The local impact of a heterogeneous forcing on the structure of the interfacial layer was studied by aircraft observations (Kang et al. 2007) and LES (van Heerwaarden and de Arellano 2008; Fesquet et al. 2009; Wang et al. 2011; Maronga and Raasch 2013). All of these studies reported a correlation between the local CBL depth \(z_\mathrm{i}\) and the underlying surface sensible heat flux, where larger values of \(z_\mathrm{i}\) were observed over stronger heated surface patches and vice versa. In their LES study over one-dimensional stripe-like surface patches van Heerwaarden and de Arellano (2008), hereafter HA08, attributed these spatial variations in the local \(z_\mathrm{i}\) to rising secondary circulation (SC) updrafts that led to increased entrainment over the stronger heated patch. Maronga and Raasch (2013) used LES to study the effect of irregularly distributed surface heterogeneity on the CBL during the LITFASS-2003 experiment (Beyrich and Mengelkamp 2006). In their study the local \(z_\mathrm{i}\) was highly correlated with the underlying surface heterogeneity pattern, whereas the SCs were found to be located at the edges of the surface patches and did not extend to the centre of the surface patches. Increased entrainment associated with SC updrafts thus did not explain the spatial variations in the local \(z_\mathrm{i}\) over the LITFASS terrain, so that Maronga and Raasch (2013) attributed the spatial variations in the local \(z_\mathrm{i}\) to spatial variations in encroachment. Based on LES for the LITFASS-2003 experiment, Sühring and Raasch (2013) conducted a correlation analysis between the turbulent heat-flux patterns in the CBL and the underlying surface heat-flux pattern. They showed that signals from the surface heterogeneity extend throughout the entire CBL, resulting in increased entrainment over stronger heated patches and decreased entrainment over less heated patches. However, as local profiles of the sensible heat flux revealed spatially varying heating of the CBL, indicating spatially varying encroachment, it was not possible in their study to separate entrainment and encroachment, so that the spatial variations in the local \(z_\mathrm{i}\) can be due to spatial variations in both entrainment and encroachment.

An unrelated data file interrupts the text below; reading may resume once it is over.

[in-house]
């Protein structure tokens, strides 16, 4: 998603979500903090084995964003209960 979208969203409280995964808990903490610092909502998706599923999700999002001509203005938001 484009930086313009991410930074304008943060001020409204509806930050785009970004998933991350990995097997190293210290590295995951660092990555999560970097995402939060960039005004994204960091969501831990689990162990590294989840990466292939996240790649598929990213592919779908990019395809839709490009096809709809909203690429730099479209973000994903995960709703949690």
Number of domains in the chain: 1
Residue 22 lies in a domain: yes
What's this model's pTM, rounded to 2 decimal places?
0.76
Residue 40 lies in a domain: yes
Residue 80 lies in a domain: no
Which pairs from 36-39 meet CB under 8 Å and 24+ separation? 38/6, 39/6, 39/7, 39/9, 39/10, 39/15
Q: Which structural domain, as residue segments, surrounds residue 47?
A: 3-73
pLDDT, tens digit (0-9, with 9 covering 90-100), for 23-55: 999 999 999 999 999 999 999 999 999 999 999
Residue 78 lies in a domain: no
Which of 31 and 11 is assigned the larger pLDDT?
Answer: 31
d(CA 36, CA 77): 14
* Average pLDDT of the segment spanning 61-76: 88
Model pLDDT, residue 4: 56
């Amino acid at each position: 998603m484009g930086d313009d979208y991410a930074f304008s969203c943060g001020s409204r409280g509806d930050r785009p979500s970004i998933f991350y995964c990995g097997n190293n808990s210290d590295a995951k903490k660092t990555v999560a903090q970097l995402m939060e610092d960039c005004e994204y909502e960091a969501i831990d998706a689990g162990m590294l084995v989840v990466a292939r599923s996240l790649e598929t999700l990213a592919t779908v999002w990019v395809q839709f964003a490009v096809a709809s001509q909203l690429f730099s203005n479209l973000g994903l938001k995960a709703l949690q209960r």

Henceforth, for a proper distinction, the entrainment of air from the free atmosphere into the CBL at a certain location (i.e. a finite column of air) is hereafter referred to as local entrainment, while entrainment derived from horizontal mean values over a horizontally extended domain is referred to as domain-averaged entrainment.